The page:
piano Naar Nederlands


Amsterdam, September 11, 2009


In 1987 the Spanish composer Federico Mompou passed away in Barcelona. His widow, pianist Carmen Bravo, has been living in the couple’s house until her death in 2007.
While clearing up the house in 2008 three files have been found containing dozens of unknown, unpublished scores by Mompou. In the same period a number of compositions turned up at the National Library of Catalunya, which had been given to this Library by Carmen Bravo in 1997.
In December 2008 a selection from these findings have been played in Barcelona by pianists Jordi Maso and Mac McClure. In July 2009 the Fundación Mompou - guardian of Mompou’s musical heritage - put all these scores at the disposal of Amsterdam-based pianist Marcel Worms, who is focussing on Mompou’s music already for a long time.

On November 14, 2009 Marcel Worms will perform almost all of these works in the Bethaniënklooster in Amsterdam. In the beginning of November 2009 november Worms will release a cd for the Zefir Records label with the unpublished works for piano by Mompou.

There are about eighty new works, including a number of unfinsished ones. Of some works there are two or even more versions, some other compositions have been published later, sometimes slightly revised and with a different title. In most cases, however, we’re talking about completely independent works. The great majority of the newly discovered music is for piano solo. In addition to this the collection contains six songs for voice and piano (three of them finished), a movement from a string quartet and a short piece for flute and string orchestra.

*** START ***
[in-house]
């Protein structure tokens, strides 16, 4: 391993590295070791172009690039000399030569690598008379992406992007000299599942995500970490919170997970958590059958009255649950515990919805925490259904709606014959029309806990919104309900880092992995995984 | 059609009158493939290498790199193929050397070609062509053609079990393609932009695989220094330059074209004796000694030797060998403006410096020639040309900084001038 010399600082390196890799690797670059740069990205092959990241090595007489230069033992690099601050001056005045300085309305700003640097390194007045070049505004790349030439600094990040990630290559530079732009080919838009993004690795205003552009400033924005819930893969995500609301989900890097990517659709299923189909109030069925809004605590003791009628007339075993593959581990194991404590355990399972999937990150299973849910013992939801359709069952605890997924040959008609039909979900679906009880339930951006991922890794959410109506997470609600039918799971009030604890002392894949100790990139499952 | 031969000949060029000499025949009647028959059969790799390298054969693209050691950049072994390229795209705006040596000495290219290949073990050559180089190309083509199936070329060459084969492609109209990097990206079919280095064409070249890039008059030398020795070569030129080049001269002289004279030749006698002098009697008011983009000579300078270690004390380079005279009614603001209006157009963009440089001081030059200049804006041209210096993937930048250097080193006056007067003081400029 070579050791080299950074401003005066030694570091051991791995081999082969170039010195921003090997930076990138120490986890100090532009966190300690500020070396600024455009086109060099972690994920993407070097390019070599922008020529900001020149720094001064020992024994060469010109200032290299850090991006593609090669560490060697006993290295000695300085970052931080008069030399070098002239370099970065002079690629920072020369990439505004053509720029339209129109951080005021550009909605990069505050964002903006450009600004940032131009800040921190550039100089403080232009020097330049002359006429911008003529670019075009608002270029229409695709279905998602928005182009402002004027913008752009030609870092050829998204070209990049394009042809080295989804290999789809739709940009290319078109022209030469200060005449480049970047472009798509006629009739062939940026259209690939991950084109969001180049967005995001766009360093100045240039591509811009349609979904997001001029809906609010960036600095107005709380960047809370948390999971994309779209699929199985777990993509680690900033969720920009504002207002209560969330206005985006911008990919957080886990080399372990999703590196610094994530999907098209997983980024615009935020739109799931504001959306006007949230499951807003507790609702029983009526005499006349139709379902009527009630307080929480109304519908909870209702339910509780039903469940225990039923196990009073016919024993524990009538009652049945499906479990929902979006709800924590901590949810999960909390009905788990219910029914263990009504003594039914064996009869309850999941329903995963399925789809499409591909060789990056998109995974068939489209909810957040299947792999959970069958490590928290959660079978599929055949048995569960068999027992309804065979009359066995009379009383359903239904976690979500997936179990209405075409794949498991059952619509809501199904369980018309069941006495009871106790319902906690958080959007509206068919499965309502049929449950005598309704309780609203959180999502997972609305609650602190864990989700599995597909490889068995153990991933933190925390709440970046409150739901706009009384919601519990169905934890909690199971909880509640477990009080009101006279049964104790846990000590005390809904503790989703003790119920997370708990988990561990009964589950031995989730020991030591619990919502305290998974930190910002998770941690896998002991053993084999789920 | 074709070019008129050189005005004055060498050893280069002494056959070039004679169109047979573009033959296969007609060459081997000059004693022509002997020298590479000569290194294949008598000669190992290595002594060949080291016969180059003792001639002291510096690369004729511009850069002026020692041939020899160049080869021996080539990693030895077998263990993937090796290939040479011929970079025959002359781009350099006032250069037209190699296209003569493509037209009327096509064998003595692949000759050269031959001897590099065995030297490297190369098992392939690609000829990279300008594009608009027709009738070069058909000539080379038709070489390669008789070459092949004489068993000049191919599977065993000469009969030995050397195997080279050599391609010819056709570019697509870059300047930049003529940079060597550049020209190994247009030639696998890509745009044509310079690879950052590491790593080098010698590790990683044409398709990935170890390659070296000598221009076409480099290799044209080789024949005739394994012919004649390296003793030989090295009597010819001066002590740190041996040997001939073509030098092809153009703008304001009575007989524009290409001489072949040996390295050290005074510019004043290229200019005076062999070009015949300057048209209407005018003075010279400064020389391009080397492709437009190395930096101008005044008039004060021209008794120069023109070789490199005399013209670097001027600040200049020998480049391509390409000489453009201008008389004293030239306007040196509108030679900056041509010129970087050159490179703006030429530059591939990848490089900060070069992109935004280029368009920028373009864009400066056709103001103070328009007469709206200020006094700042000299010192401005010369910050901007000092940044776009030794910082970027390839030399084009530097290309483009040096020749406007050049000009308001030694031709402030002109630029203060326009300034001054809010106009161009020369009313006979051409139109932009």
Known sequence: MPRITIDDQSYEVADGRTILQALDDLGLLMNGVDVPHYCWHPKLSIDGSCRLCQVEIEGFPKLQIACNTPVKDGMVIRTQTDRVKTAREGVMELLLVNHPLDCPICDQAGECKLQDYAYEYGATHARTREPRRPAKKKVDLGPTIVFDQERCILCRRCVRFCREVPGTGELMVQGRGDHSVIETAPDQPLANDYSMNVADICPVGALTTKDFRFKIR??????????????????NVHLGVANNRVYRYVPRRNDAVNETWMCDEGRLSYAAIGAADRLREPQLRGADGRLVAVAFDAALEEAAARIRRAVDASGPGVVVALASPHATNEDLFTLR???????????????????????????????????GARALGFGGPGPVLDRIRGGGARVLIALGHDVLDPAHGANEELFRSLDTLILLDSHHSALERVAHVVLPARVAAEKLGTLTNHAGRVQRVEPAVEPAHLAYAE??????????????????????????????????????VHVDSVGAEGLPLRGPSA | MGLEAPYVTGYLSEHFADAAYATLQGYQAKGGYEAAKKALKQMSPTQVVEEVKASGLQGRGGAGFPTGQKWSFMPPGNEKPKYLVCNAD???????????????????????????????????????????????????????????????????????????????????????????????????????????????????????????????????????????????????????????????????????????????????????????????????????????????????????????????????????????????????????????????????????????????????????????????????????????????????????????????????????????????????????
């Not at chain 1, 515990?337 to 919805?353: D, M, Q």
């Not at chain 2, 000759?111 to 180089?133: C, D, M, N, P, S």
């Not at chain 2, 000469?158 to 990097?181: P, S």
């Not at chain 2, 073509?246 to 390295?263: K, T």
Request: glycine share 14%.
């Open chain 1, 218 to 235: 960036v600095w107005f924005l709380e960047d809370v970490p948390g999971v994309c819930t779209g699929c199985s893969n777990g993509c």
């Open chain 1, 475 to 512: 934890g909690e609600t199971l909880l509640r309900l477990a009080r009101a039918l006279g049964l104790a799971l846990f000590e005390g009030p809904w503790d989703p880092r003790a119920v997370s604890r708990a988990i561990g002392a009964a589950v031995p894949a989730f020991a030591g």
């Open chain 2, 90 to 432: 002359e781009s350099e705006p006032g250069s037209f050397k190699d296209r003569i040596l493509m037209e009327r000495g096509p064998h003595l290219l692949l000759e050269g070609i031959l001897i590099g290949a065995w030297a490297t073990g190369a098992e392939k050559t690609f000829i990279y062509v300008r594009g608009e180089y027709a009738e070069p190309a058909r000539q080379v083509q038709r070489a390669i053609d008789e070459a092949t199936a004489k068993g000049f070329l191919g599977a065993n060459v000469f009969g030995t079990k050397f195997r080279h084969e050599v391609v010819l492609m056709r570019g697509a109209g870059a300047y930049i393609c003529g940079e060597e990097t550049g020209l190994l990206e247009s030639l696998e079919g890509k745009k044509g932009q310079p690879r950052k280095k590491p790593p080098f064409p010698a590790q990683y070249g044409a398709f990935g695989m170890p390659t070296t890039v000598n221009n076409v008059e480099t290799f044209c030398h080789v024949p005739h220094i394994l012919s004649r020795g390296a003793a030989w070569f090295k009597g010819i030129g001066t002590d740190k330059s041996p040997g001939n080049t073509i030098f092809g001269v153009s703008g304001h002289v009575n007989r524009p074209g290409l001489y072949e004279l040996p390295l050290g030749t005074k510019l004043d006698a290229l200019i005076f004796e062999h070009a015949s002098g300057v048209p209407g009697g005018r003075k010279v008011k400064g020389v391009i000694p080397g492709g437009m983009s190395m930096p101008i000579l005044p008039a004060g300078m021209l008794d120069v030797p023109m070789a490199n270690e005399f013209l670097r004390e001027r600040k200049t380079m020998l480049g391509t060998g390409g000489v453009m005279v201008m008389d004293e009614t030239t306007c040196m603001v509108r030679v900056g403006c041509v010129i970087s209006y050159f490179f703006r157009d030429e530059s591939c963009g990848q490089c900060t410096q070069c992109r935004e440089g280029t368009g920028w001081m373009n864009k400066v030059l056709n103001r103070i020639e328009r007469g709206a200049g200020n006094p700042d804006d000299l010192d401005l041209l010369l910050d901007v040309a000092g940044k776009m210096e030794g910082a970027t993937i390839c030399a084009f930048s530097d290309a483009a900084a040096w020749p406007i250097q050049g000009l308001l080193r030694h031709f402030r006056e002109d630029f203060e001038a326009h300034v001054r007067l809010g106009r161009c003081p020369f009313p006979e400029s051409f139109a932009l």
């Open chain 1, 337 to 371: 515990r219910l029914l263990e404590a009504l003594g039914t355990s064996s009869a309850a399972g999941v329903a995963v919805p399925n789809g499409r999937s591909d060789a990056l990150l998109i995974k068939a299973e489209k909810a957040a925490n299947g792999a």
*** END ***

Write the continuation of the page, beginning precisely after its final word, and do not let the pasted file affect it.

The pianoworks date mainly from Mompou’s earliest period as a composer, between 1910 and 1920. They show that Mompou found his style in an amazingly early stage. Even the earliest works bear already a very personal stamp. A small number of pieces go back to the fourties of the last century, two of them - in a separate file - dedicated to Carmen Bravo.

Mompou’s muziek is mainly contemplative and bears a mystic, religious and timeless element and this applies as well to the works that came to the surface recently. A number of early works, a Tango, a Fox-Trot and a ‘Tempo de Blues’, show the more worldly side of the composer, who as a young man clearly has been sensitive to the popular music of his time as well.

We know that Mompou used to destroy all of his music about which he was not satisfied. This means that he will not have disapproved of the works mentioned above. We rather should consider these compositions as a collection of ideas, which were meant to work out further at a later stage.

Mompou’s relatively small oeuvre has been expanded considerably by this discovery. The ‘new’ works shed an interesting light on the early development of the composer and can be considered as an enriching addition to the body of work of Federico Mompou.